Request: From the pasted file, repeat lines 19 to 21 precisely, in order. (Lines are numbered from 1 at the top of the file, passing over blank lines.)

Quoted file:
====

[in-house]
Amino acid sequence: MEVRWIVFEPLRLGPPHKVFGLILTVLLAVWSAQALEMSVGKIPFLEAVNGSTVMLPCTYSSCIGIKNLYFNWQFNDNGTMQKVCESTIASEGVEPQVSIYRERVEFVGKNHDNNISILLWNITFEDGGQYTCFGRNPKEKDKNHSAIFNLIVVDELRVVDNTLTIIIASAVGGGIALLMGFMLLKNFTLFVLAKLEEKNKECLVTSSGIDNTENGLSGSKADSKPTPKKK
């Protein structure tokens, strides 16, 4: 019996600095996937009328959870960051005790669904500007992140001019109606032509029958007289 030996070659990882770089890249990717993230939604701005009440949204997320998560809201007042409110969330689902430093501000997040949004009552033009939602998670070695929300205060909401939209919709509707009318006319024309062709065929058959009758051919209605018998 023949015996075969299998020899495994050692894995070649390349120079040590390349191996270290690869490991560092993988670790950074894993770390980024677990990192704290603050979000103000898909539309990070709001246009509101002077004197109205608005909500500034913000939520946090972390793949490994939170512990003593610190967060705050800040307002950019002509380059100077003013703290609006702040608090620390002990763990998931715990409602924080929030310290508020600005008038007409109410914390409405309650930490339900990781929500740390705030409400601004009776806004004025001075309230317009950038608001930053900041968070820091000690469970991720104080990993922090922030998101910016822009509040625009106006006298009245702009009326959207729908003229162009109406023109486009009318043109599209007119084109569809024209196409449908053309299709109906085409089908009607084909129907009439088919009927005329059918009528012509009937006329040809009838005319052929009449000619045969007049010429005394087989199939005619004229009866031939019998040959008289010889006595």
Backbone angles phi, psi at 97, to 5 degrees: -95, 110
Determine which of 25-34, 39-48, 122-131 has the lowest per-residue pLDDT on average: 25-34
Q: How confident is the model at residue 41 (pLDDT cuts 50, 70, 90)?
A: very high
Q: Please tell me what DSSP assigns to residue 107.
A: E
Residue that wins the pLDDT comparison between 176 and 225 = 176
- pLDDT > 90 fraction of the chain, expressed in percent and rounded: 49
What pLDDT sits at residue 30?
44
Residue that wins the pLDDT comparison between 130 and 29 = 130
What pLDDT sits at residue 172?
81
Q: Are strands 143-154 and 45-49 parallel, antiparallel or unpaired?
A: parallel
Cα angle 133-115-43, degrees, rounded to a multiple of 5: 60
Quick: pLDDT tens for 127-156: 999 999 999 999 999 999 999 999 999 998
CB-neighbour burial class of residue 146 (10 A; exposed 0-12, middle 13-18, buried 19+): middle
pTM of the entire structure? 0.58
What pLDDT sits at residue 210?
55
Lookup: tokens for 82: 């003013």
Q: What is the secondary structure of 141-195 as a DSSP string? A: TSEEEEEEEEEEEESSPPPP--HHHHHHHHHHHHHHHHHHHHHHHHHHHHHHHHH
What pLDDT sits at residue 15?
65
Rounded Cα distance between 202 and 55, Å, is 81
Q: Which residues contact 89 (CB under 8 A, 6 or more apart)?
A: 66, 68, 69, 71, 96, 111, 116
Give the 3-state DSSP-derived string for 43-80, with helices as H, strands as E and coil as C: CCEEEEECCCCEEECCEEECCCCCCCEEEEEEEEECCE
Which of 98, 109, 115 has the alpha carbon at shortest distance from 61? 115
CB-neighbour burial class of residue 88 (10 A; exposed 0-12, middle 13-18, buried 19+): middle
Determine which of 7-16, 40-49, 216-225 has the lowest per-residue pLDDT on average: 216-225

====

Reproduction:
Cα angle 133-115-43, degrees, rounded to a multiple of 5: 60
Quick: pLDDT tens for 127-156: 999 999 999 999 999 999 999 999 999 998
CB-neighbour burial class of residue 146 (10 A; exposed 0-12, middle 13-18, buried 19+): middle